What We Need & What You Get

So what exactly do we need this money for? All of our work in done in-house, so that’s already paid for by our boss, but we are lacking funding in one very specific area: printing. The cost to print this kind of book is pretty high if we do it correctly (and we want it done correctly!)

We want $15,000 to pay for printing the book, as well as shipping it back to the United States (we print in China). None of this money will go to anything but our printing costs, because we want, more than anything, to preserve this comic series.

If you help us, beyond the satisfaction of knowing that you put your money to a good cause, you can also get a copy of the finished book if we get funding!

We want to keep this simple and keep costs down, so the only real perks are the regular edition of the comic book reprint or the special limited edition version, with extra pages, and signed by Katherine Collins. The regular edition is priced currently at $60.00, and the limited edition at $95.00. You’ll also get your name in the Thanks page if you donate $25 or more!

The Impact

Every project Hermes Press has done has been a success. This time we decided to reach out to the fans, old and new alike, and see if they’d like to be a part of the process from the beginning, instead of just at the bookstore.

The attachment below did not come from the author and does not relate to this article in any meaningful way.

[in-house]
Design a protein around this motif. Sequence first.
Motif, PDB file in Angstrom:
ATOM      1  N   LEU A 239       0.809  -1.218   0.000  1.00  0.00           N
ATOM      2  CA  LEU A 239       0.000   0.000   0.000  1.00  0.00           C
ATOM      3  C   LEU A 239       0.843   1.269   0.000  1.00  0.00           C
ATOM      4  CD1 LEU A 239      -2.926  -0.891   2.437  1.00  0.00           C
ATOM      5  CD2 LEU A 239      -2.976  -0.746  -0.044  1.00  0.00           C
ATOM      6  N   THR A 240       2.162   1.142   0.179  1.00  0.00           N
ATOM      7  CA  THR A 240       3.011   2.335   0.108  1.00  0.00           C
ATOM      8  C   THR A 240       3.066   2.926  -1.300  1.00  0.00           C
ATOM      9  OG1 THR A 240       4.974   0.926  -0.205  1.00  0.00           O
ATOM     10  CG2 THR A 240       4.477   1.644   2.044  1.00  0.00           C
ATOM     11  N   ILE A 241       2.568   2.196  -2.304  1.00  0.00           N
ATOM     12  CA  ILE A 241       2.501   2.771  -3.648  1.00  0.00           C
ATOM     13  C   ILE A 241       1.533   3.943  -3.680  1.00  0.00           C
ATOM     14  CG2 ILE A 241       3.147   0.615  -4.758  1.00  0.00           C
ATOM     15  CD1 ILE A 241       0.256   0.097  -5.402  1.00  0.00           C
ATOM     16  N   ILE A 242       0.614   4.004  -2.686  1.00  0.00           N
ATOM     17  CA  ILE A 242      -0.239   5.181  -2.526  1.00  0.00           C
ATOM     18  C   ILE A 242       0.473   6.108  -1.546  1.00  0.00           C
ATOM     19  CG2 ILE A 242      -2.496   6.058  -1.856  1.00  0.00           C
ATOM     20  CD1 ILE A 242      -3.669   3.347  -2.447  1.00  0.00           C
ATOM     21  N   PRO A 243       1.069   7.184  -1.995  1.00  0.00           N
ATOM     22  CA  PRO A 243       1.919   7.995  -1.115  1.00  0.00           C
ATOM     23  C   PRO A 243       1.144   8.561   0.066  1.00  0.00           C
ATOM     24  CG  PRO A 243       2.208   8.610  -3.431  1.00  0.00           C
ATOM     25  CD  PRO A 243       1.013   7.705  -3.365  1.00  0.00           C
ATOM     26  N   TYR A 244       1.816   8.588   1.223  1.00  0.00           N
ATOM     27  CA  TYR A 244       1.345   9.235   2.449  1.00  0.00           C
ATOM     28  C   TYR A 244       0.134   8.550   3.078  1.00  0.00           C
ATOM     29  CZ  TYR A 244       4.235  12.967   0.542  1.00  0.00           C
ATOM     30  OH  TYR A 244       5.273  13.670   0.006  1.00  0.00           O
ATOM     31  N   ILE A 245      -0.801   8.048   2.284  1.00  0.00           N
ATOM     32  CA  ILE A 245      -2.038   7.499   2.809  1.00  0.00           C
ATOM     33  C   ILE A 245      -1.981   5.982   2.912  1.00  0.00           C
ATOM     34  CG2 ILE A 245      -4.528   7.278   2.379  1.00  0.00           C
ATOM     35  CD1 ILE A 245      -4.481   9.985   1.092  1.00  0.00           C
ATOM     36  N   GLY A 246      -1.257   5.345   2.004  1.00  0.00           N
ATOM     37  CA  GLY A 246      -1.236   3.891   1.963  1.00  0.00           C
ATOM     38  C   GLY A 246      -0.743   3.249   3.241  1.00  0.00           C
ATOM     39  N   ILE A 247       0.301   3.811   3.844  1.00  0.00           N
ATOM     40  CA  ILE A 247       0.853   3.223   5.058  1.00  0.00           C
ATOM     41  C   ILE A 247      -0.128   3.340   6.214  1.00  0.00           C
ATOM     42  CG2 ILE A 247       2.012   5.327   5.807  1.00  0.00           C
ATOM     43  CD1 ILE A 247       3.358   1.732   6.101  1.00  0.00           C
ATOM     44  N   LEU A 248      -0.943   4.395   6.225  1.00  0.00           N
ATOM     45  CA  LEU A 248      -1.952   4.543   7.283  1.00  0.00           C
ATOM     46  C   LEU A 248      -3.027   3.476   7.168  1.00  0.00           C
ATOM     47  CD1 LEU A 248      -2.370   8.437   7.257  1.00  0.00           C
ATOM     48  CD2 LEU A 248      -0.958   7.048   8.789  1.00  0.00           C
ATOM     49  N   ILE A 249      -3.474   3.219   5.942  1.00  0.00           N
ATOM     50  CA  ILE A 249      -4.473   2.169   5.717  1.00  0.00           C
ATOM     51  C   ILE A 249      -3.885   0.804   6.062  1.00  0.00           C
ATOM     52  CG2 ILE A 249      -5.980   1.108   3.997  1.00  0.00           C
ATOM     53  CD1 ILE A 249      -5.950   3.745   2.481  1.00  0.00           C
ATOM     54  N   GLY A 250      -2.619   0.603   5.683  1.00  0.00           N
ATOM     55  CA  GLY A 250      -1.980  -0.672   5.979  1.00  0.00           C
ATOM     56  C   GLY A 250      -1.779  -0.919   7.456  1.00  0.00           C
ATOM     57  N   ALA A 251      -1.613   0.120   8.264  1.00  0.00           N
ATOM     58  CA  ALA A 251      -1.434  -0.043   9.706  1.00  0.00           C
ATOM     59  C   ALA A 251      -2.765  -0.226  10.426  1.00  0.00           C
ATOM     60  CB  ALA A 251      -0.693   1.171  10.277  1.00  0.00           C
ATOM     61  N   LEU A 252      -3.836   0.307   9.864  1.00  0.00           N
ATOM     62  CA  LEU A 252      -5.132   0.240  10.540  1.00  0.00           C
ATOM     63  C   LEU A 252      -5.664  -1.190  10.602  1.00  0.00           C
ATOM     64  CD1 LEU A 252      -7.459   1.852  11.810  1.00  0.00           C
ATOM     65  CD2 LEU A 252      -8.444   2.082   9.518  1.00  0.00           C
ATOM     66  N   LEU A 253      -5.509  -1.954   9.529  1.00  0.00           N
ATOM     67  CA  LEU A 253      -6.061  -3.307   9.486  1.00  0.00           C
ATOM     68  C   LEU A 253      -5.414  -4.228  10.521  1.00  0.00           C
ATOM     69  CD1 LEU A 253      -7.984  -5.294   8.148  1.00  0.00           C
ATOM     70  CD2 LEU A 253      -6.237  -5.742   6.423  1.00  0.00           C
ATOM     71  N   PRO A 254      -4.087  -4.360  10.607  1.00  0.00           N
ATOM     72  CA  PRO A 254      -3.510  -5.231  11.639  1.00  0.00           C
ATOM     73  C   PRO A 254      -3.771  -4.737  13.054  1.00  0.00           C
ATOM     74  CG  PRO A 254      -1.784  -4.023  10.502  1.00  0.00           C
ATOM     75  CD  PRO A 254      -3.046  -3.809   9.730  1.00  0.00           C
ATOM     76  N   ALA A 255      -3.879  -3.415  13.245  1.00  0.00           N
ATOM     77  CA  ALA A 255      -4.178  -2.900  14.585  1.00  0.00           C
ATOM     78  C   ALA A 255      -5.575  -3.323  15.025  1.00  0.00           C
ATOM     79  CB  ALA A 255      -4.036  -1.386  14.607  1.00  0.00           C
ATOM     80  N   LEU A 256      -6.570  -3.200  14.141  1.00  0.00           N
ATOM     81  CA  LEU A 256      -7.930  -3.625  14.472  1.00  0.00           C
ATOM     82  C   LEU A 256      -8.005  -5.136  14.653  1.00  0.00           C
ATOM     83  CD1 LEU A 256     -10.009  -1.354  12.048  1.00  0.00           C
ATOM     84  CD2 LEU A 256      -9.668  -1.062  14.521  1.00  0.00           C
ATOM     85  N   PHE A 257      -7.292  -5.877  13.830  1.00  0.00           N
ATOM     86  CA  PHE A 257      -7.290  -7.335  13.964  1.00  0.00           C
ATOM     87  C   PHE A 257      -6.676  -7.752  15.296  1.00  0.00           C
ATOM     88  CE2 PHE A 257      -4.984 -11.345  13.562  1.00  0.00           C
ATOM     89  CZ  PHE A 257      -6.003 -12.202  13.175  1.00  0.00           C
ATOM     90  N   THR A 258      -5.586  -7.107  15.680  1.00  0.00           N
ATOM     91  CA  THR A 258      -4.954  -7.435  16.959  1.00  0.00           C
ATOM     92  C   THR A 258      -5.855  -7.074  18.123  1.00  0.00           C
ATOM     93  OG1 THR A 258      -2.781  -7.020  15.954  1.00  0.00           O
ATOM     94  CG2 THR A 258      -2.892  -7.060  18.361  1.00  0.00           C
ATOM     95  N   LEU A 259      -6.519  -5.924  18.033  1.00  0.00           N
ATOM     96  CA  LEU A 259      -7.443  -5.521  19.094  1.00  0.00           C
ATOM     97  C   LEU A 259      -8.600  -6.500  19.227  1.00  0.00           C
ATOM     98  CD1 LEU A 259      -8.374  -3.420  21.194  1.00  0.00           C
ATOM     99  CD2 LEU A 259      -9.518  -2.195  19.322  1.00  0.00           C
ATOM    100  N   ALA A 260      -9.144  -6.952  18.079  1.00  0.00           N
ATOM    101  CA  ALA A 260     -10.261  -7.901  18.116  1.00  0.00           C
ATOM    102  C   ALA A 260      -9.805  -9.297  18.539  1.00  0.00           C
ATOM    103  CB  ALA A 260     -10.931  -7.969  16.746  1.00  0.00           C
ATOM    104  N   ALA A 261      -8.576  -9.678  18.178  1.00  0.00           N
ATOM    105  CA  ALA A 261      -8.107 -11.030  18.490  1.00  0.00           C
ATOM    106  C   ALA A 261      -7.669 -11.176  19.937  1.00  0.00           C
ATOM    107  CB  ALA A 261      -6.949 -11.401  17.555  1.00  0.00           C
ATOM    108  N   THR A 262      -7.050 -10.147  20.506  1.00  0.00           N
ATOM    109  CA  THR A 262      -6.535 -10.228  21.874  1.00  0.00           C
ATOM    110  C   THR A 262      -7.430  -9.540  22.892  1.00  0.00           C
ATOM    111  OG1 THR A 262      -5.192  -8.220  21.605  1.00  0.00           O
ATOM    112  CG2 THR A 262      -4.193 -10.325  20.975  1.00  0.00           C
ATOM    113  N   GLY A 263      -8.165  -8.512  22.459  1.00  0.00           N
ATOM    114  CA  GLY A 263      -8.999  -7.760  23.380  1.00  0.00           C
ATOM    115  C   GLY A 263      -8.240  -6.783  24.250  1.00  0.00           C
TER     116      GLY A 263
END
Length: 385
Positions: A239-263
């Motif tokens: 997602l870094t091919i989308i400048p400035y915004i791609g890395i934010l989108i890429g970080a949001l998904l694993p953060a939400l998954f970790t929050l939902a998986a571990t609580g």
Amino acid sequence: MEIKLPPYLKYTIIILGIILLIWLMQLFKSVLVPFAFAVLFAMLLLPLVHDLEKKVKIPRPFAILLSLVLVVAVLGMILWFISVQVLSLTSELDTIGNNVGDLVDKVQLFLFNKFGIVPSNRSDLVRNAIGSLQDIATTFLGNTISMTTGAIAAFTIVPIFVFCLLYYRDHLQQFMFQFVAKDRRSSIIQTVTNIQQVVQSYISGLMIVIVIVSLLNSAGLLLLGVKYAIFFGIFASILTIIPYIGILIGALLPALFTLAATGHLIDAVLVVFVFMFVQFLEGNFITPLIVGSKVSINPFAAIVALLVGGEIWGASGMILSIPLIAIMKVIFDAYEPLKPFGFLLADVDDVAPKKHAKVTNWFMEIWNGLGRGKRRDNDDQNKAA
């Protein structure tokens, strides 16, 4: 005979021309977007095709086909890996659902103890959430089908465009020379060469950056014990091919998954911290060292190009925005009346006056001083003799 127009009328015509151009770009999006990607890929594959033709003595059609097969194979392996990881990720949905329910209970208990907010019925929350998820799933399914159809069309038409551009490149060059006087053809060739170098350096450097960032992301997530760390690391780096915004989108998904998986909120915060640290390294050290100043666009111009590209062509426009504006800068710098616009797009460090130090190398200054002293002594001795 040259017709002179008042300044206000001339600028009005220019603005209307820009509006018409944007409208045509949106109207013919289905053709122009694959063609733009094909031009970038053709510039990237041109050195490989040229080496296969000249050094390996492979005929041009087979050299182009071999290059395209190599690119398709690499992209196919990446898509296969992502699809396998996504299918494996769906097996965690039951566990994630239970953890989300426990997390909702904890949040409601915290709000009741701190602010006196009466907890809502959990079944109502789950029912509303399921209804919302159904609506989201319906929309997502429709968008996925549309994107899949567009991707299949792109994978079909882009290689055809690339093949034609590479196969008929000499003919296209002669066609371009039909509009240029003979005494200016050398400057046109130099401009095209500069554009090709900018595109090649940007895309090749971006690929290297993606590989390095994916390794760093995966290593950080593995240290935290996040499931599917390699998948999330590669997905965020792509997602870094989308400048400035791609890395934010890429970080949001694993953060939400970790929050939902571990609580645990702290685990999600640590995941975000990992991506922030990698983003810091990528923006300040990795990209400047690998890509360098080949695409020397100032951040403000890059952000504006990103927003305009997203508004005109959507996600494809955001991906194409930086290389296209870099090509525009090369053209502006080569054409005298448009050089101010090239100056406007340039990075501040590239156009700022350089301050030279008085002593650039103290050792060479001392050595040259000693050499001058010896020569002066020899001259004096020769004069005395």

By reprinting Neil the Horse you will be helping preserve a unique comic creation. Not to mention Making the World Safe for Musical Comedy, of course!

Other Ways You Can Help

If you can’t donate, please spread the word! Social media can only help us, so please share this on your Facebook, Twitter, Tumblr, or any other media you use!

The ‘SAVE NEIL THE HORSE’ INDIEGOGO Campaign runs until November 7, 2013. Please help if you want to see this book printed.

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Is Superman Canadian?

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For your consideration, is Superman a Canadian character?

See also Joe Shuster, Hal Foster (and other creators that moved outside of Canada and had a career working in American comics) are they Canadian or not?
Continue reading

Nelvana campaign meets target in 6 days.

The Kickstarter campaign for the reprinting of Adrian Dingle’s Nelvana of the Northern Lights stories from Triumph-Adventure (later just Triumph) Comics published between 1941 and 1946 by Hillborough Studios/Bell Features has reached it’s aggressive target of 25,000 in 6 days and has resulted in exposure of the character and the Canadian golden age to a number of people not aware of Canada’s short-lived comic book industry of the 1940’s.